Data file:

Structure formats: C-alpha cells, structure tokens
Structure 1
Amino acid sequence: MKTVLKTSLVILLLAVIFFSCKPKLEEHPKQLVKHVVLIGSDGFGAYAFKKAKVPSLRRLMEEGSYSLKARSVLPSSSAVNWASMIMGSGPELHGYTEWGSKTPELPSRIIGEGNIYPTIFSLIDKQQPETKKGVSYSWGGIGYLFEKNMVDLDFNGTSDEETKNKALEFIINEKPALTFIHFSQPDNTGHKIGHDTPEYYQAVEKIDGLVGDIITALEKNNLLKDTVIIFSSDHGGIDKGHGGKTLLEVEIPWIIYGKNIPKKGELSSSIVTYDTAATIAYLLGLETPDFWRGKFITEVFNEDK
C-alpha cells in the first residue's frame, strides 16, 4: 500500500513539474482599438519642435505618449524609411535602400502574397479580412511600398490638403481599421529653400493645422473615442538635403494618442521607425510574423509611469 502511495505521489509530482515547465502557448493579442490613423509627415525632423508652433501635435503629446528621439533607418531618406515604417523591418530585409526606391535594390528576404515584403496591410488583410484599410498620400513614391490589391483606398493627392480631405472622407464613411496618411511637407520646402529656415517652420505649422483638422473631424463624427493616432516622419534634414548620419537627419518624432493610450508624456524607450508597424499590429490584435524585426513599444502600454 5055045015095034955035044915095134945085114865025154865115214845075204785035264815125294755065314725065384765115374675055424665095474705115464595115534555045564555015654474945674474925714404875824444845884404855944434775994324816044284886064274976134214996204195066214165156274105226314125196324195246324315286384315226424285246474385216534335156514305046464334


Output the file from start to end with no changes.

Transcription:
Structure formats: C-alpha cells, structure tokens
Structure 1
Amino acid sequence: MKTVLKTSLVILLLAVIFFSCKPKLEEHPKQLVKHVVLIGSDGFGAYAFKKAKVPSLRRLMEEGSYSLKARSVLPSSSAVNWASMIMGSGPELHGYTEWGSKTPELPSRIIGEGNIYPTIFSLIDKQQPETKKGVSYSWGGIGYLFEKNMVDLDFNGTSDEETKNKALEFIINEKPALTFIHFSQPDNTGHKIGHDTPEYYQAVEKIDGLVGDIITALEKNNLLKDTVIIFSSDHGGIDKGHGGKTLLEVEIPWIIYGKNIPKKGELSSSIVTYDTAATIAYLLGLETPDFWRGKFITEVFNEDK
C-alpha cells in the first residue's frame, strides 16, 4: 500500500513539474482599438519642435505618449524609411535602400502574397479580412511600398490638403481599421529653400493645422473615442538635403494618442521607425510574423509611469 502511495505521489509530482515547465502557448493579442490613423509627415525632423508652433501635435503629446528621439533607418531618406515604417523591418530585409526606391535594390528576404515584403496591410488583410484599410498620400513614391490589391483606398493627392480631405472622407464613411496618411511637407520646402529656415517652420505649422483638422473631424463624427493616432516622419534634414548620419537627419518624432493610450508624456524607450508597424499590429490584435524585426513599444502600454 5055045015095034955035044915095134945085114865025154865115214845075204785035264815125294755065314725065384765115374675055424665095474705115464595115534555045564555015654474945674474925714404875824444845884404855944434775994324816044284886064274976134214996204195066214165156274105226314125196324195246324315286384315226424285246474385216534335156514305046464334